By FOX News Radio's Emily Wither
"We want to show the world that love really can conquer all," a young man in Oslo told me.
This is not quite the reaction you'd expect from a country that has just gone through a twin terror attack that claimed the lives of over 70 people, many young teenagers, carried out by one of their fellow countrymen.
However, during my time in Oslo this was the overwhelming mood of the nation that quickly grouped together in quiet solidarity.
Anders Behring Breivik's acts of terror on July 22nd had the opposite effect that he had hoped for. Driven by hatred for his country's Labor policies he thought he was the people's "savior".
He wanted to rescue his country and Europe from a supposed Muslim take-over - a group that actually makes up a very tiny percentage of Norway's population.
Norway, not used to political violence and home of the Nobel Peace Prize, has a reputation as a country of tolerance.
The country's Prime Minister, while acknowledging things had forever changed, also called on Norwegians to embrace the openness Breivik said he was trying to destroy and insisted that the country had not lost its innocence.
Around 150,000 people marched through the streets of Oslo on Monday July 25th, carrying roses to pay their respects for the victims. The lines outside flower shops snaked through the city's alleyway's as people quietly discussed Friday's events. But while everyone's eyes were moist, their stance was defiant and unified in the feeling that this act of violence wouldn't change them.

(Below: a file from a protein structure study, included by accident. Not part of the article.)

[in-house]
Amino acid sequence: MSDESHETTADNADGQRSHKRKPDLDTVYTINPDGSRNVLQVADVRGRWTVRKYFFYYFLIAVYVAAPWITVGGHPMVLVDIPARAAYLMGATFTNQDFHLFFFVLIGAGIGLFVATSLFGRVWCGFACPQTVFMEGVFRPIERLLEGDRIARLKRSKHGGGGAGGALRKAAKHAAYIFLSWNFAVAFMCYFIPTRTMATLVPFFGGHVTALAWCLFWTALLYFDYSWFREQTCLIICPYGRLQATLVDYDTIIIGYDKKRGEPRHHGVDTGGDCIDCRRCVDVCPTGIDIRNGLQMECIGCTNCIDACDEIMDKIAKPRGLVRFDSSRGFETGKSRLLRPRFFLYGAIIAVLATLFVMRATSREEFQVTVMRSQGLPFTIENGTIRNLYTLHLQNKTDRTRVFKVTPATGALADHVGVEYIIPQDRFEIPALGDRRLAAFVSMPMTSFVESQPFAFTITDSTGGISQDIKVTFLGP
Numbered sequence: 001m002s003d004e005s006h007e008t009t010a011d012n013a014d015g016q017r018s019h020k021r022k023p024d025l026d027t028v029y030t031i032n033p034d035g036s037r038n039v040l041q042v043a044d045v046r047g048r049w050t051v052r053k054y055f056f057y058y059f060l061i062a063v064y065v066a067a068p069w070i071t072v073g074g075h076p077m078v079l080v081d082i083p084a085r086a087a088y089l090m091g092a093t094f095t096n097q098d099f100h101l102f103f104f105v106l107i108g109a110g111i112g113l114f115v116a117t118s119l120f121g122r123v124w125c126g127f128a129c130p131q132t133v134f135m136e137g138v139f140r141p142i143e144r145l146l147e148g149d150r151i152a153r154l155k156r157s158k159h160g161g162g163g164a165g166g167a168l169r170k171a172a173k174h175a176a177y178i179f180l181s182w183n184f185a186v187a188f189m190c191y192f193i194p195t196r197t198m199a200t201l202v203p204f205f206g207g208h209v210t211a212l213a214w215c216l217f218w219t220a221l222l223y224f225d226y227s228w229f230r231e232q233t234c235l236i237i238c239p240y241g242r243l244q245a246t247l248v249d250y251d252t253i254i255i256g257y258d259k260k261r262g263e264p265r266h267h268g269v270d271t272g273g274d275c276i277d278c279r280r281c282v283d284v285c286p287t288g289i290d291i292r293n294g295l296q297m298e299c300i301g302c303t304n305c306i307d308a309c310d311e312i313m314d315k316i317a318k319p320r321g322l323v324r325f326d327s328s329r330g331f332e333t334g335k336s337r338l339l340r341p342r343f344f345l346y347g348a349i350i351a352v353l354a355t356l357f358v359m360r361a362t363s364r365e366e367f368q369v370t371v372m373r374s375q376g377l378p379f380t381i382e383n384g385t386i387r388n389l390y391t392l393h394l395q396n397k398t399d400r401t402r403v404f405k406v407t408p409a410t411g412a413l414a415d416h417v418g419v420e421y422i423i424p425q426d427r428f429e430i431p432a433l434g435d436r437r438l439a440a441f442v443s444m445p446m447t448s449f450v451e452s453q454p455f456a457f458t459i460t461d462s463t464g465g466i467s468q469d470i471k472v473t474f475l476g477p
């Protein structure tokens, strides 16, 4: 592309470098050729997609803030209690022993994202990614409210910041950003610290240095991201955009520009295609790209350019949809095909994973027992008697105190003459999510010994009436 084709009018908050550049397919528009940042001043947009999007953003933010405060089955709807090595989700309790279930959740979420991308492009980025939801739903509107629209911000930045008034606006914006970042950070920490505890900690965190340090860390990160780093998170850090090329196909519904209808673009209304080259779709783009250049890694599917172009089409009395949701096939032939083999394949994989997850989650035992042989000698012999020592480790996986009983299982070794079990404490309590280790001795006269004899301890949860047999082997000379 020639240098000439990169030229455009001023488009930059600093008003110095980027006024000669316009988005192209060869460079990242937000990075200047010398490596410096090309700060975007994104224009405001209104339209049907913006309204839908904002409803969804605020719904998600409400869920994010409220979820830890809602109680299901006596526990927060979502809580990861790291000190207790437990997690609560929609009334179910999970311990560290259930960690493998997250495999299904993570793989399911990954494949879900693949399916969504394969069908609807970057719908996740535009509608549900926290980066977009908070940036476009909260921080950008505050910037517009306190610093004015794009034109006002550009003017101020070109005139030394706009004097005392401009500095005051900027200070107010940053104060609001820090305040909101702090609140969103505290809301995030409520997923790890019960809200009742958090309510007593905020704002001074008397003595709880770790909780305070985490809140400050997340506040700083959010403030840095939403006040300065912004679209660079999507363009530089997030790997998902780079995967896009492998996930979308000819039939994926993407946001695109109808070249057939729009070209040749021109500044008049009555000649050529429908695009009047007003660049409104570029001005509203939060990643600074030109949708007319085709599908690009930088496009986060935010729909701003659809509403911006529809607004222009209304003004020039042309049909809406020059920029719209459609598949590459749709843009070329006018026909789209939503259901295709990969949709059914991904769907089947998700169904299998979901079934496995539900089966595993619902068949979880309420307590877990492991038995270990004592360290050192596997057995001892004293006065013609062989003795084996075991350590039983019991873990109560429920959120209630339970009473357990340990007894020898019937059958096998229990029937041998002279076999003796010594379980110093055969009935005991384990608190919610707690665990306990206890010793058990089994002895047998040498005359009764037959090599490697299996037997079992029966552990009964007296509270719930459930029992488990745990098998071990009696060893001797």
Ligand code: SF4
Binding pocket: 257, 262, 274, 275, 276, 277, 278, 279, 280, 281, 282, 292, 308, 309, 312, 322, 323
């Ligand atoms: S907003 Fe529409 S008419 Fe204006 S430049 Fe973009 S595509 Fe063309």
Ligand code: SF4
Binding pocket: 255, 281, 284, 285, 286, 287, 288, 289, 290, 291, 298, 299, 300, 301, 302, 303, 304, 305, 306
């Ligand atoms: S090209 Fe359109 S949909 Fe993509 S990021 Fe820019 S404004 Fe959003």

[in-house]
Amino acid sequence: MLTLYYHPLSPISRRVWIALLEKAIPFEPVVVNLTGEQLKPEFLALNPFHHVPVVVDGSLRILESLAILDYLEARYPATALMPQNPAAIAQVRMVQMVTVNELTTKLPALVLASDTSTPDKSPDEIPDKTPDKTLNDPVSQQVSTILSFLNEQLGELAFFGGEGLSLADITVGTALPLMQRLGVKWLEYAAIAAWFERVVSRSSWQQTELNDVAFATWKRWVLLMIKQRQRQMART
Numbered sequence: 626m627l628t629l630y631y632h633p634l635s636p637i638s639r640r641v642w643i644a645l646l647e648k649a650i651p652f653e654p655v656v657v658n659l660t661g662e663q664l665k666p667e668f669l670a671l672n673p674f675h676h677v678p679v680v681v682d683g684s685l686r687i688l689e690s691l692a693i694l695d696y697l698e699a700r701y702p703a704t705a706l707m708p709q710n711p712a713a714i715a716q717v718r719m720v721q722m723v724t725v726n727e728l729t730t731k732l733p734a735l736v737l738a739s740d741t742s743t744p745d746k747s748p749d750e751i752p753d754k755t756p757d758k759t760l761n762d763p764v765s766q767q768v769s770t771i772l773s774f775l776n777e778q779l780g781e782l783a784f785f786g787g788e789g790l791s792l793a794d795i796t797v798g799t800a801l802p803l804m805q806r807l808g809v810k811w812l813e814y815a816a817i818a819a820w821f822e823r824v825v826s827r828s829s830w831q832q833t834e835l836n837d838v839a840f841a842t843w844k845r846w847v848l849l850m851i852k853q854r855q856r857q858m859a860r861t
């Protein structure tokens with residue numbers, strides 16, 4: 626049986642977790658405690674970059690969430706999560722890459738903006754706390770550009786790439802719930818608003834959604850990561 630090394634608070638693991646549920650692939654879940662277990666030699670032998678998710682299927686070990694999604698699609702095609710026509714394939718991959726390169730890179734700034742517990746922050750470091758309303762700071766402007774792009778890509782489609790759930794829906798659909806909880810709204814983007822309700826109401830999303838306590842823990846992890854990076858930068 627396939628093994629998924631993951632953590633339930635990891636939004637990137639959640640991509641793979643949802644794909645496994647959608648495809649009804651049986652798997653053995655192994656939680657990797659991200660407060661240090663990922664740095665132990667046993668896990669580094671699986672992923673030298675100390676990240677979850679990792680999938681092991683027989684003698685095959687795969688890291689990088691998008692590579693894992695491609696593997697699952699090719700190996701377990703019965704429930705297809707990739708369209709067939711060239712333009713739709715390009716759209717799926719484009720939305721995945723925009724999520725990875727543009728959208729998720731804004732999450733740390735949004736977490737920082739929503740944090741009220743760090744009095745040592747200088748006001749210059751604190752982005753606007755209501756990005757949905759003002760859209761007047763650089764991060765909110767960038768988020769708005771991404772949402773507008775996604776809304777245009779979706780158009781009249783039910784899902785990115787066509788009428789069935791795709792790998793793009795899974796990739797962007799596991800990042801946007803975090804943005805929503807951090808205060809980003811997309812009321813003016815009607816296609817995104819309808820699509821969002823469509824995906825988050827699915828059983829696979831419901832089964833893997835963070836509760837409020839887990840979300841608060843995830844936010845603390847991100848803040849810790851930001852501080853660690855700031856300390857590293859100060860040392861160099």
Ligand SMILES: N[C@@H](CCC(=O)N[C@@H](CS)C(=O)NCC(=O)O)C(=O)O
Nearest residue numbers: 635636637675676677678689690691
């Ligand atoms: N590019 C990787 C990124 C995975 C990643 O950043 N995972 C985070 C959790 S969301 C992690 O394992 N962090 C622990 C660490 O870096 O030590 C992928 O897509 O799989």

The entire city was transformed into a sea of roses that evening and tributes lined the sidewalks that still continued to grow over the following days. People told me they just wanted to be there for each other even if they weren't directly touched by the killings.
The terrorist had said he'd explain his actions in court and the world's media were there to report it. We were kept out of the courtroom in the end, which was just around the corner of that downtown bombing on government buildings.
Speaking to people in coffee shops nearby; they didn't want journalists to give Breivik a platform for his views something he desperately craved. "He shouldn't have the right to explain himself," a young woman told me. This was a man that planned what photos he wanted distributed of himself to media outlets after his arrest.
Of course, questions will be asked and lessons learned, an independent review into the mass killings has already been ordered.
The authorities will now be on high alert for others like Breivik and the police will examine their own response to the attacks which has been criticized as being "slow" and "disorganized." One woman told me, "Norway is a small country, but if we want to be part of the big world we are going to have to accept the consequences."
As one man tied his rose around a lamp post he turned to me and said, "We will never forget July 22nd, 2011." No, Norway will never forget, we can be sure of that. The date will be added to all those other moments in history when nations stand together and remember those who died in random acts of terror.
But as the roses fade and life slowly returns to normal in Norway it is admirable to think that so much peace and beauty can still rise from such tragedy.
Listen HERE to a clip of Emily Wither's reporting from Oslo, Norway: